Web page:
My favorite part of this weekend’s Red Sox-Dodgers blockbuster isn’t the absolutely insane nature of the trade, it’s the “… and Nick Punto” that will forever be attached to it until the end of time. Los Angeles surrendered two high-end pitching prospects and absorbed more than a quarter-billion dollars in salary obligation to acquire a star-caliber first baseman, a potential star-caliber outfielder, and a serviceable (with a chance for lots more) starting pitcher. Oh yeah, and a utility infielder.
I don’t want this to sound like an insult to Punto, because it isn’t intended to come off that way. He’s had a 12-year big league career and has a World Series ring sitting in his trophy case somewhere, with more money in the bank than I could ever possibly dream of having to my name. Punto’s had a long career and has been a serviceable player for five teams now … it’s just that he sticks out like a sore thumb compared to the other players in the trade.
The 34-year-old infielder posted a 63 wRC+ in 148 plate appearances for the Red Sox this season after having a career-best 123 wRC+ (in 166 plate appearances) for the Cardinals last summer. In seven plate appearances with the Dodgers, Punto has a single and three walks. His best years came a half-decade ago with the Twins, when he put together a 3.4 WAR effort in 2006 and then another 2.7 WAR in 2008. That’s when he was playing second and short regularly. This season he’s been almost exactly replacement level in limited time, pretty much par for the utility infielder course.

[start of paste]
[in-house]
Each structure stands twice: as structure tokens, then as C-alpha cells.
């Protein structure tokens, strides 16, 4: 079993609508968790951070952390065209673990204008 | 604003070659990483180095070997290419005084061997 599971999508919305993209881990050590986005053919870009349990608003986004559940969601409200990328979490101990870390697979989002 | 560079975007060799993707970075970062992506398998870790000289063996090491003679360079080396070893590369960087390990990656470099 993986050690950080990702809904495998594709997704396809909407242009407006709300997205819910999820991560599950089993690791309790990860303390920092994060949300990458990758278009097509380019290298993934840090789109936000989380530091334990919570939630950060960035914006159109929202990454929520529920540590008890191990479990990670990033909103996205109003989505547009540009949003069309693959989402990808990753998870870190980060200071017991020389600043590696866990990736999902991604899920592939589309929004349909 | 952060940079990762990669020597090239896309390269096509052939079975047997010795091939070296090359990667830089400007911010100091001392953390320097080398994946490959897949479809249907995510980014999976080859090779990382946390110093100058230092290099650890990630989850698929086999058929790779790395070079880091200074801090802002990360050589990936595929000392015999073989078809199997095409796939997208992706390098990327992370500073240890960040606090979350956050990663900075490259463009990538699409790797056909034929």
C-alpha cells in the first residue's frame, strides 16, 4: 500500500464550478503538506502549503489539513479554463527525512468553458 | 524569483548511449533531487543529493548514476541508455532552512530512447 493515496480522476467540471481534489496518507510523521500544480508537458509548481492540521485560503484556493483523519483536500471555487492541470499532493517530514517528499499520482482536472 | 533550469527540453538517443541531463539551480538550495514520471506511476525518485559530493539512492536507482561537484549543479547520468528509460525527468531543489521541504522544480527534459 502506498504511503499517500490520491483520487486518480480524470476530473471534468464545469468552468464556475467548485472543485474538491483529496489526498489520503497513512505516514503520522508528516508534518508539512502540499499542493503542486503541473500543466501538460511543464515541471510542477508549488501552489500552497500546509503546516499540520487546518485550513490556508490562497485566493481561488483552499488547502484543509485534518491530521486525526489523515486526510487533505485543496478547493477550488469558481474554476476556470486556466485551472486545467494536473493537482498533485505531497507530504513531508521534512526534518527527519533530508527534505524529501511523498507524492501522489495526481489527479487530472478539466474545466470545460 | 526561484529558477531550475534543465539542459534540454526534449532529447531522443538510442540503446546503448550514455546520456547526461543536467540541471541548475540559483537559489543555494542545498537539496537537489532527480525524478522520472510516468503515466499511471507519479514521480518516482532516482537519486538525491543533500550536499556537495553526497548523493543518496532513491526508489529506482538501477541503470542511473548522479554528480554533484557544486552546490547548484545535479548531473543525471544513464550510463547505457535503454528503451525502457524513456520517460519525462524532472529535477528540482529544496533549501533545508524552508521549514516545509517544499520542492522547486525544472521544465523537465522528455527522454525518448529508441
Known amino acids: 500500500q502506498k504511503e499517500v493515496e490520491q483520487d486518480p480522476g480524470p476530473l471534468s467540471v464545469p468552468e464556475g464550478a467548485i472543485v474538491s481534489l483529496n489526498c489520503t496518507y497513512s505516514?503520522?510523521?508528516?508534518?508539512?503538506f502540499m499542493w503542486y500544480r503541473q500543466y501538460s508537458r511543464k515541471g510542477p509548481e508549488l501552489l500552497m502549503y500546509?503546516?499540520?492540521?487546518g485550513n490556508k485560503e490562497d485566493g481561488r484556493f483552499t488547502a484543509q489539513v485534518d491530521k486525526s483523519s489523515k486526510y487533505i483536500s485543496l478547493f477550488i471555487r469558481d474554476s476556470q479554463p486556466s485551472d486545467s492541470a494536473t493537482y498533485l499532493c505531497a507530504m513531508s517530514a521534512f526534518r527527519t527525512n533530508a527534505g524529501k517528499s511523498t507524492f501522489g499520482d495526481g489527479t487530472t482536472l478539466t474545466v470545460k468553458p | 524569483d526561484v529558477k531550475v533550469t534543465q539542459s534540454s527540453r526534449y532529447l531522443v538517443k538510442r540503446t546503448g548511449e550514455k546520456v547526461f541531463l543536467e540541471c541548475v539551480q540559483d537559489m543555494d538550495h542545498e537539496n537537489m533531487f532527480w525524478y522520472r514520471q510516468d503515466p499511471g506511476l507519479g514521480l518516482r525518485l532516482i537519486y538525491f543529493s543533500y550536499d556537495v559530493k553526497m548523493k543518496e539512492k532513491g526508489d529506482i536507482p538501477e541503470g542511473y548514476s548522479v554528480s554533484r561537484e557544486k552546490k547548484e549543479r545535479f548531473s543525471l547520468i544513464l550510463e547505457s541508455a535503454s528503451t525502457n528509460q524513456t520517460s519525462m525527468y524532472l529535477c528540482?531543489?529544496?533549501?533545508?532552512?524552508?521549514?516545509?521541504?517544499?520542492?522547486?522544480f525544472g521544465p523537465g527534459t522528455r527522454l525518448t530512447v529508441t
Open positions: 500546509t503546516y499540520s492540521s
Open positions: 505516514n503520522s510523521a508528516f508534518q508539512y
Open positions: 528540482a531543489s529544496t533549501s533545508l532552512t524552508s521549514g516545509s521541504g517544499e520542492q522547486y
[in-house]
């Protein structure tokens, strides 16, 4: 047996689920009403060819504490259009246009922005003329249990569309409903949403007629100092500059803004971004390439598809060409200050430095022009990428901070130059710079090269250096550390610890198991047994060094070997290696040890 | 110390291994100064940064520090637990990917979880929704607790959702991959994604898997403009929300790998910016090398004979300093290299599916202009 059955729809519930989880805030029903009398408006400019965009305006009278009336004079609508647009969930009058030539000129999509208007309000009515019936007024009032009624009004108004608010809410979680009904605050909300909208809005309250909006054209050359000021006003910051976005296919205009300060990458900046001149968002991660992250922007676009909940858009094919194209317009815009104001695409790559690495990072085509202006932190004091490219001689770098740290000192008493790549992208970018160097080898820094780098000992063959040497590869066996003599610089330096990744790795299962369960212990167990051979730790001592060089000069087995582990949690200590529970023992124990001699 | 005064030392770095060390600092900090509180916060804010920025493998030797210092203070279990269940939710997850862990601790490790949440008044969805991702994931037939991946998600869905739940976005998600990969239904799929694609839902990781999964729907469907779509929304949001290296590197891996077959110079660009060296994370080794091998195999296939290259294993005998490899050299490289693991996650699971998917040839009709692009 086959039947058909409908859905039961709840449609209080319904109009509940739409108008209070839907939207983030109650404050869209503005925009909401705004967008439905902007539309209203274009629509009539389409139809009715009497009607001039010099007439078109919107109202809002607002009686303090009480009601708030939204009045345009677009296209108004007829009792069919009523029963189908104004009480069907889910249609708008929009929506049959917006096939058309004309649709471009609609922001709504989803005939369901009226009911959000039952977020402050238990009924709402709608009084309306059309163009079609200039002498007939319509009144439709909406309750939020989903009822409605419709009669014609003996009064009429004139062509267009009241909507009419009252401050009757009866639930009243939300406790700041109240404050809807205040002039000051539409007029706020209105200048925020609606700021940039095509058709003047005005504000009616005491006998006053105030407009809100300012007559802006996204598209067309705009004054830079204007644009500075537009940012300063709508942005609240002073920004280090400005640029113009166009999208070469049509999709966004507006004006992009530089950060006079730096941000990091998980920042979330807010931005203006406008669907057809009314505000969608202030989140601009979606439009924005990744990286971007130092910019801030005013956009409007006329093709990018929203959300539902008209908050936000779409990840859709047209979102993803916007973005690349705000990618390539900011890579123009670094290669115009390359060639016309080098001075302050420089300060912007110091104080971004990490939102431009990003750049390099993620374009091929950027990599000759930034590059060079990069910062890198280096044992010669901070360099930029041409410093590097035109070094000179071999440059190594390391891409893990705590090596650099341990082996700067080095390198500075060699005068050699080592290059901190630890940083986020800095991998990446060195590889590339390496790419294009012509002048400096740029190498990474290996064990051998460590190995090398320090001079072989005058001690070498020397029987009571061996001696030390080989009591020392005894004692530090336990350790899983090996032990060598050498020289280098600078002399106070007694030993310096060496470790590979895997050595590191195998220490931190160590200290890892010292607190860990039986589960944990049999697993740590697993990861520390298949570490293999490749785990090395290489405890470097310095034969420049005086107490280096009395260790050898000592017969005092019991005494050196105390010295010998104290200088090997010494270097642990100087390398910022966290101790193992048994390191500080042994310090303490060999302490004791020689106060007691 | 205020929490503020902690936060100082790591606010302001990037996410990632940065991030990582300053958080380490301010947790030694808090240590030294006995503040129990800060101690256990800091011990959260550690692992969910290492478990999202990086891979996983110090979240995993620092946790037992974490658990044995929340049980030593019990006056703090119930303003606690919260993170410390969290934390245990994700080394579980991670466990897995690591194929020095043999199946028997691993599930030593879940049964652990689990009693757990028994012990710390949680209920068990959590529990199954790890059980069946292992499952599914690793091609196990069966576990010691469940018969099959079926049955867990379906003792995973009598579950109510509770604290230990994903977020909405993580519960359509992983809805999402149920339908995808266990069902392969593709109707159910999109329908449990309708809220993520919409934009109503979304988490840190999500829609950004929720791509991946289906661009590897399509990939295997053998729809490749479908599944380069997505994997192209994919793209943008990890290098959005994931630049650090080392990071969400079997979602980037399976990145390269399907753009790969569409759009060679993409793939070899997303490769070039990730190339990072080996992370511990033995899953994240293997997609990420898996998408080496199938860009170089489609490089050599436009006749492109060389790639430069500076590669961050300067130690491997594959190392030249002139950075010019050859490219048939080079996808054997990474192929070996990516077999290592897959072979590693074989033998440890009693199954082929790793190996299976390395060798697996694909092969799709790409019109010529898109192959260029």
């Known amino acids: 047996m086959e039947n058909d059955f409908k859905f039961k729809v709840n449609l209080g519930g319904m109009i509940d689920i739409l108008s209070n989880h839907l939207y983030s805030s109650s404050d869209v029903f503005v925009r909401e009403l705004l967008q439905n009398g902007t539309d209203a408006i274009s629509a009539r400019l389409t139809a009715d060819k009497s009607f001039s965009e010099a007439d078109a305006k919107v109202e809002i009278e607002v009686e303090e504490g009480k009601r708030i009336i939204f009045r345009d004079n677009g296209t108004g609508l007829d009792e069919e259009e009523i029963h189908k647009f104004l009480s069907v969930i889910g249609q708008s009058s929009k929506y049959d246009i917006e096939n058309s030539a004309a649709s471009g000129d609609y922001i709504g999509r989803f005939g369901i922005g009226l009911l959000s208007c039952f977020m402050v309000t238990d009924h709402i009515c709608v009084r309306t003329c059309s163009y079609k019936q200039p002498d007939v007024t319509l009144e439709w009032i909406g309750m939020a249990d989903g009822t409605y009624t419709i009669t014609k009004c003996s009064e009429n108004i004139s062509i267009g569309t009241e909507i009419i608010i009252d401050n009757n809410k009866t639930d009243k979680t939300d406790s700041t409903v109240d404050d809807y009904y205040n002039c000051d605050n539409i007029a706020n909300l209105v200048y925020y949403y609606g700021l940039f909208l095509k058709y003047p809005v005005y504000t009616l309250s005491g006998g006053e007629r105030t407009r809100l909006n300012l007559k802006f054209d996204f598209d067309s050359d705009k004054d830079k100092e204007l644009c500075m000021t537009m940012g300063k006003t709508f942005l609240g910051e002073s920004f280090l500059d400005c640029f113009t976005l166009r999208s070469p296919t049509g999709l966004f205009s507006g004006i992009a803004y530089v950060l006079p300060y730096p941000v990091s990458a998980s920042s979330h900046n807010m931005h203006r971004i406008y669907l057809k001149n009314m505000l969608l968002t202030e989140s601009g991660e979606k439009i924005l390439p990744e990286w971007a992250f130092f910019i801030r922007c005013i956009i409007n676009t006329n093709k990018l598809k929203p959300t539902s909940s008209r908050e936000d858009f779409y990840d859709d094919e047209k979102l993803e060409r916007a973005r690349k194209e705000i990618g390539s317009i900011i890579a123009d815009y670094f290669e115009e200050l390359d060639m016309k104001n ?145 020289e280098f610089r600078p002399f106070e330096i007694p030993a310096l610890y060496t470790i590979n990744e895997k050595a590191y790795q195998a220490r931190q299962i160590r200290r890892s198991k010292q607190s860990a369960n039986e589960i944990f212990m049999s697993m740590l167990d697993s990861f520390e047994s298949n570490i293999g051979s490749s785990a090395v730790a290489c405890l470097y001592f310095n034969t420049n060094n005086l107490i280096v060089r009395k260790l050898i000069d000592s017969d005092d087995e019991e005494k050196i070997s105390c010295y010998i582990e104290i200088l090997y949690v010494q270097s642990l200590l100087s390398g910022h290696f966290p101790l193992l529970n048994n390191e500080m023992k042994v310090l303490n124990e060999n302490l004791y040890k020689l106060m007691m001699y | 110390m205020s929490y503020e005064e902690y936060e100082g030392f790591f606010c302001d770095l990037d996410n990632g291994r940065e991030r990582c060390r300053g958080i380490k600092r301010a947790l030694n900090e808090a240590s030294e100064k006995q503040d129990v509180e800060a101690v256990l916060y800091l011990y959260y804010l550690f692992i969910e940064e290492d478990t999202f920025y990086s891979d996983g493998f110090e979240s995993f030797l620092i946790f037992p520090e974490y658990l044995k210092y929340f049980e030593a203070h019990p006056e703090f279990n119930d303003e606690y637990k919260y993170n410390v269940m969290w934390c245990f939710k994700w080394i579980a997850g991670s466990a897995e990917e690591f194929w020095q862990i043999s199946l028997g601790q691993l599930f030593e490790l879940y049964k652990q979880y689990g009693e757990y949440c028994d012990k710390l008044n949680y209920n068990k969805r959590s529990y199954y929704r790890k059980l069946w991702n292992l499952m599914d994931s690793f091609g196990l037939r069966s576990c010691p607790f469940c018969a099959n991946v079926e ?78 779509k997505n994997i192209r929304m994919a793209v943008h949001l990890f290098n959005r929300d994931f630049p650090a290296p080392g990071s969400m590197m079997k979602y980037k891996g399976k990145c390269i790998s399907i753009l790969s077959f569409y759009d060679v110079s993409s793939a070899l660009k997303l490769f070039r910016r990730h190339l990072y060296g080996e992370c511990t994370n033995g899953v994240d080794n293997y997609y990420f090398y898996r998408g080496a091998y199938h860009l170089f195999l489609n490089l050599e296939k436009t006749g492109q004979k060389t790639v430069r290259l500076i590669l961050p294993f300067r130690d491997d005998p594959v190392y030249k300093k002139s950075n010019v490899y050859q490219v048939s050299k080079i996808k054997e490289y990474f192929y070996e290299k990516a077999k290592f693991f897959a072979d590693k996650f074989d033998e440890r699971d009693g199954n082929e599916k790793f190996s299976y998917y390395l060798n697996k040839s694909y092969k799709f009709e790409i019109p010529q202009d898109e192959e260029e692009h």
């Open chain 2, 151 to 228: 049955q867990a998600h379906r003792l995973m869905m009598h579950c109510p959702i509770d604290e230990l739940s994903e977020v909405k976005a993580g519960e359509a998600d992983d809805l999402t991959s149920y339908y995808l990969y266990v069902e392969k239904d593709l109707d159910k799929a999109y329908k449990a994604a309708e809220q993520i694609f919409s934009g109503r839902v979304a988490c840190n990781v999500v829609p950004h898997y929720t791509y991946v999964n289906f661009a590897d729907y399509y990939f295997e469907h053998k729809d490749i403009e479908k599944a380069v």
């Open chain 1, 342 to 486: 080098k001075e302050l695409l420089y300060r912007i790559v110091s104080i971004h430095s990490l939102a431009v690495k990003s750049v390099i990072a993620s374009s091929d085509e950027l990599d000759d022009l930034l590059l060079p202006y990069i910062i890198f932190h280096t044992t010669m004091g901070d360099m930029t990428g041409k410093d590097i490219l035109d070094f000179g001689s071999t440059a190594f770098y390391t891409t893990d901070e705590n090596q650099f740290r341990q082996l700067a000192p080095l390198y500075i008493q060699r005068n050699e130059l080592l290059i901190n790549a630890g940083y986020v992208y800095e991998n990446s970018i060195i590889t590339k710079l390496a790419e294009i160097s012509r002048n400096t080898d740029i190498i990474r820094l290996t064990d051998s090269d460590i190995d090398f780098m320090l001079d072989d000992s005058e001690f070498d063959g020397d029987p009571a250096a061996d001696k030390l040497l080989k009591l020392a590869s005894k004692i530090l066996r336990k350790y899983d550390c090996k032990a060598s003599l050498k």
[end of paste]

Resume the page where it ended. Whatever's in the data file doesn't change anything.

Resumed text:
Punto is not alone in his fate as the “… and [miscellaneous guy]” annals of baseball trade history. Lee Stevens was the extra guy in the Bartolo Colon–Grady Sizemore/Brandon Phillips/Cliff Lee trade. Terrmel Sledge went from the Rangers to the Padres with Adrian Gonzalez a few years ago. You surely remember Ron Mahay, but how many remember him going from the Rangers to the Braves in the Mark Teixeira trade? Leroy Stanton was part of the Nolan Ryan-led package that sent Jim Fregosi to the Mets. Baseball history is littered with these extra guys thrown into massive, franchise-altering trades, and Punto is better than pretty much all of them.
The Dodgers recently lost Jerry Hairston Jr. to a season-ending hip injury and are still being suffocated by Juan Uribe‘s expensive 46 wRC+, so getting Punto in the blockbuster made a ton of sense. He can fill in at third base, spell Mark Ellis at second, sneak in a few shortstop starts whenever Hanley Ramirez needs a blow, all sorts of stuff. They needed the infield help, and they just so happened to satisfy that need as a footnote in one of the biggest trades of our lifetime.
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